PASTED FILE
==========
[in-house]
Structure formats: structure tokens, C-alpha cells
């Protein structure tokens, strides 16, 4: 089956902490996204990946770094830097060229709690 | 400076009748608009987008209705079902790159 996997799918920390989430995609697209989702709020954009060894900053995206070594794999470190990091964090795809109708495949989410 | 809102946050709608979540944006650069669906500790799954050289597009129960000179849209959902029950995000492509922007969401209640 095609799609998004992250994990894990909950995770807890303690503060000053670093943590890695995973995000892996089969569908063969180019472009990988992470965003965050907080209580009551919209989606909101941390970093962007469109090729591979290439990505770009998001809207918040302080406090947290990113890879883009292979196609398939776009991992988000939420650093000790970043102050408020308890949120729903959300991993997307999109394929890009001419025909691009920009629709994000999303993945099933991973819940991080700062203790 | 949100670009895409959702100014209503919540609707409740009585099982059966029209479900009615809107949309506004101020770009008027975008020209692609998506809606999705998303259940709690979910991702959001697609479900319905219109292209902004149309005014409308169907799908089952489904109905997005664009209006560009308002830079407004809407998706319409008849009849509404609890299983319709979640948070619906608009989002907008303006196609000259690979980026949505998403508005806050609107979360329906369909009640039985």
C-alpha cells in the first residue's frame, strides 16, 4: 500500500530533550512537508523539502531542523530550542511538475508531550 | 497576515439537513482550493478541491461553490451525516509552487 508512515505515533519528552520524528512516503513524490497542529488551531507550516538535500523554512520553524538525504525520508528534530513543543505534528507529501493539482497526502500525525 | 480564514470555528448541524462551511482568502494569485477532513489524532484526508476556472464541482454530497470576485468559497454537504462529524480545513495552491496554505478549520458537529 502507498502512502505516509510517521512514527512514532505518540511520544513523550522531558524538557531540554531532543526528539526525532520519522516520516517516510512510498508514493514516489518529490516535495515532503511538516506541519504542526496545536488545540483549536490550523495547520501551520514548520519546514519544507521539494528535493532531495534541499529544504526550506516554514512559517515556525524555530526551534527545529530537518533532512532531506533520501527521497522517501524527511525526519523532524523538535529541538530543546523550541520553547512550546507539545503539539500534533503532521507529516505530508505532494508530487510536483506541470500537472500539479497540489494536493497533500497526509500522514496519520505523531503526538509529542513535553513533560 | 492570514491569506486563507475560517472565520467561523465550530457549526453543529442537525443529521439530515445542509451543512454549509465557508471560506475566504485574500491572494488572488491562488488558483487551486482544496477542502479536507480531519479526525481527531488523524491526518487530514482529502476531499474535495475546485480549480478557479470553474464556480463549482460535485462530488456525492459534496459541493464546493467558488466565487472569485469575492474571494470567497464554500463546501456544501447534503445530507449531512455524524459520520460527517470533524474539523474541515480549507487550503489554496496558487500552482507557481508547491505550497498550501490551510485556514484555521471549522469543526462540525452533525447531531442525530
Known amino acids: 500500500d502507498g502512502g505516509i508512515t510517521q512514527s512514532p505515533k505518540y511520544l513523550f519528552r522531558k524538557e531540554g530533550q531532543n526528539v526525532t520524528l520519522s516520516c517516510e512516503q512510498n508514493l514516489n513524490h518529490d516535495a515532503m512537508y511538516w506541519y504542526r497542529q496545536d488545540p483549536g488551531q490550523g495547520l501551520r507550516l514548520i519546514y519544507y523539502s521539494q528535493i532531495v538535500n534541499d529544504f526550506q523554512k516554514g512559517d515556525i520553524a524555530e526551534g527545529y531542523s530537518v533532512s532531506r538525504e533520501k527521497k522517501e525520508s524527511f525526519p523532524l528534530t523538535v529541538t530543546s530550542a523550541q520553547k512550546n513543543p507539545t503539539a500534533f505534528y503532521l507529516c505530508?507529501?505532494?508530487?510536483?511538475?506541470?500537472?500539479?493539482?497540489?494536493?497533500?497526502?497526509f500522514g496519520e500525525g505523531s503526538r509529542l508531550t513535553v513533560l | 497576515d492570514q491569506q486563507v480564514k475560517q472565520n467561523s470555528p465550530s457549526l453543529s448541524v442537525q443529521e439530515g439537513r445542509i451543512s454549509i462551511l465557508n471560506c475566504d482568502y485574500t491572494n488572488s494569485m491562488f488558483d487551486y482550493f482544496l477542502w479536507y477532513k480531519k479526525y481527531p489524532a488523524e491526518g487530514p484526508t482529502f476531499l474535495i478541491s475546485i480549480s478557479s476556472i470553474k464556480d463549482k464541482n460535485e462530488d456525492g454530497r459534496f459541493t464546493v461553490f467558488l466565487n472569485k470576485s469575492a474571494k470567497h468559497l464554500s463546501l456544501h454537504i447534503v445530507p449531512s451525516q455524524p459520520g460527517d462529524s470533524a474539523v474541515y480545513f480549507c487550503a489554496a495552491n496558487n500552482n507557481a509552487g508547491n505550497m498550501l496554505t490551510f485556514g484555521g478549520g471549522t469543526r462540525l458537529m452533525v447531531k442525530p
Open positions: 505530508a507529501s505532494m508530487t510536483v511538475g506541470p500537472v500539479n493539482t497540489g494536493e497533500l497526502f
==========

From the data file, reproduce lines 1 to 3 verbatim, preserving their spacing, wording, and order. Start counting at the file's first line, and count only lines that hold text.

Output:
[in-house]
Structure formats: structure tokens, C-alpha cells
């Protein structure tokens, strides 16, 4: 089956902490996204990946770094830097060229709690 | 400076009748608009987008209705079902790159 996997799918920390989430995609697209989702709020954009060894900053995206070594794999470190990091964090795809109708495949989410 | 809102946050709608979540944006650069669906500790799954050289597009129960000179849209959902029950995000492509922007969401209640 095609799609998004992250994990894990909950995770807890303690503060000053670093943590890695995973995000892996089969569908063969180019472009990988992470965003965050907080209580009551919209989606909101941390970093962007469109090729591979290439990505770009998001809207918040302080406090947290990113890879883009292979196609398939776009991992988000939420650093000790970043102050408020308890949120729903959300991993997307999109394929890009001419025909691009920009629709994000999303993945099933991973819940991080700062203790 | 949100670009895409959702100014209503919540609707409740009585099982059966029209479900009615809107949309506004101020770009008027975008020209692609998506809606999705998303259940709690979910991702959001697609479900319905219109292209902004149309005014409308169907799908089952489904109905997005664009209006560009308002830079407004809407998706319409008849009849509404609890299983319709979640948070619906608009989002907008303006196609000259690979980026949505998403508005806050609107979360329906369909009640039985």